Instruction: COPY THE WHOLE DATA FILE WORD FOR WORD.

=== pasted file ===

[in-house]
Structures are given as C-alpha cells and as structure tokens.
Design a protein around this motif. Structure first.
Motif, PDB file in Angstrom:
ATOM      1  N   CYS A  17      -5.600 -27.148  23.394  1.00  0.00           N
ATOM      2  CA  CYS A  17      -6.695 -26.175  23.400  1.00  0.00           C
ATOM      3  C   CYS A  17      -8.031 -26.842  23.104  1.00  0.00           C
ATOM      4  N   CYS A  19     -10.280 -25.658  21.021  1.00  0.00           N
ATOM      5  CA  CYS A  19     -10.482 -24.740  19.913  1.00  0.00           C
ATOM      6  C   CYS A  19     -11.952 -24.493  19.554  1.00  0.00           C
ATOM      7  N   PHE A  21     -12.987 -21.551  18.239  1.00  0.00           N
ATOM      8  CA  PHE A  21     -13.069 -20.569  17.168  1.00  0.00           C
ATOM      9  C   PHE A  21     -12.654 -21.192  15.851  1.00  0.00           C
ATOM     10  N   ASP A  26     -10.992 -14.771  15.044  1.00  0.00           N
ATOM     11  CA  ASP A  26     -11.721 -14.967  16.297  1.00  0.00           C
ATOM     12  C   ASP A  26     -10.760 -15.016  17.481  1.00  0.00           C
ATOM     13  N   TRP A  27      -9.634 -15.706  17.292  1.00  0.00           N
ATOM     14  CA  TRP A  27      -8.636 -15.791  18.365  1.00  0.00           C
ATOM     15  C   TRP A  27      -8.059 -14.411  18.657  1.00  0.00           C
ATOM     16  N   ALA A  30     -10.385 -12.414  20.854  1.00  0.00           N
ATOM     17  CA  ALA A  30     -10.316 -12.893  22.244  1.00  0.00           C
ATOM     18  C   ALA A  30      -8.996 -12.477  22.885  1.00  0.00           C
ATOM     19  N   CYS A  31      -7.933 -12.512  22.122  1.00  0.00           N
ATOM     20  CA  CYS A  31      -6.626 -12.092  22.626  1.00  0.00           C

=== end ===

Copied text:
[in-house]
Structures are given as C-alpha cells and as structure tokens.
Design a protein around this motif. Structure first.
Motif, PDB file in Angstrom:
ATOM      1  N   CYS A  17      -5.600 -27.148  23.394  1.00  0.00           N
ATOM      2  CA  CYS A  17      -6.695 -26.175  23.400  1.00  0.00           C
ATOM      3  C   CYS A  17      -8.031 -26.842  23.104  1.00  0.00           C
ATOM      4  N   CYS A  19     -10.280 -25.658  21.021  1.00  0.00           N
ATOM      5  CA  CYS A  19     -10.482 -24.740  19.913  1.00  0.00           C
ATOM      6  C   CYS A  19     -11.952 -24.493  19.554  1.00  0.00           C
ATOM      7  N   PHE A  21     -12.987 -21.551  18.239  1.00  0.00           N
ATOM      8  CA  PHE A  21     -13.069 -20.569  17.168  1.00  0.00           C
ATOM      9  C   PHE A  21     -12.654 -21.192  15.851  1.00  0.00           C
ATOM     10  N   ASP A  26     -10.992 -14.771  15.044  1.00  0.00           N
ATOM     11  CA  ASP A  26     -11.721 -14.967  16.297  1.00  0.00           C
ATOM     12  C   ASP A  26     -10.760 -15.016  17.481  1.00  0.00           C
ATOM     13  N   TRP A  27      -9.634 -15.706  17.292  1.00  0.00           N
ATOM     14  CA  TRP A  27      -8.636 -15.791  18.365  1.00  0.00           C
ATOM     15  C   TRP A  27      -8.059 -14.411  18.657  1.00  0.00           C
ATOM     16  N   ALA A  30     -10.385 -12.414  20.854  1.00  0.00           N
ATOM     17  CA  ALA A  30     -10.316 -12.893  22.244  1.00  0.00           C
ATOM     18  C   ALA A  30      -8.996 -12.477  22.885  1.00  0.00           C
ATOM     19  N   CYS A  31      -7.933 -12.512  22.122  1.00  0.00           N
ATOM     20  CA  CYS A  31      -6.626 -12.092  22.626  1.00  0.00           C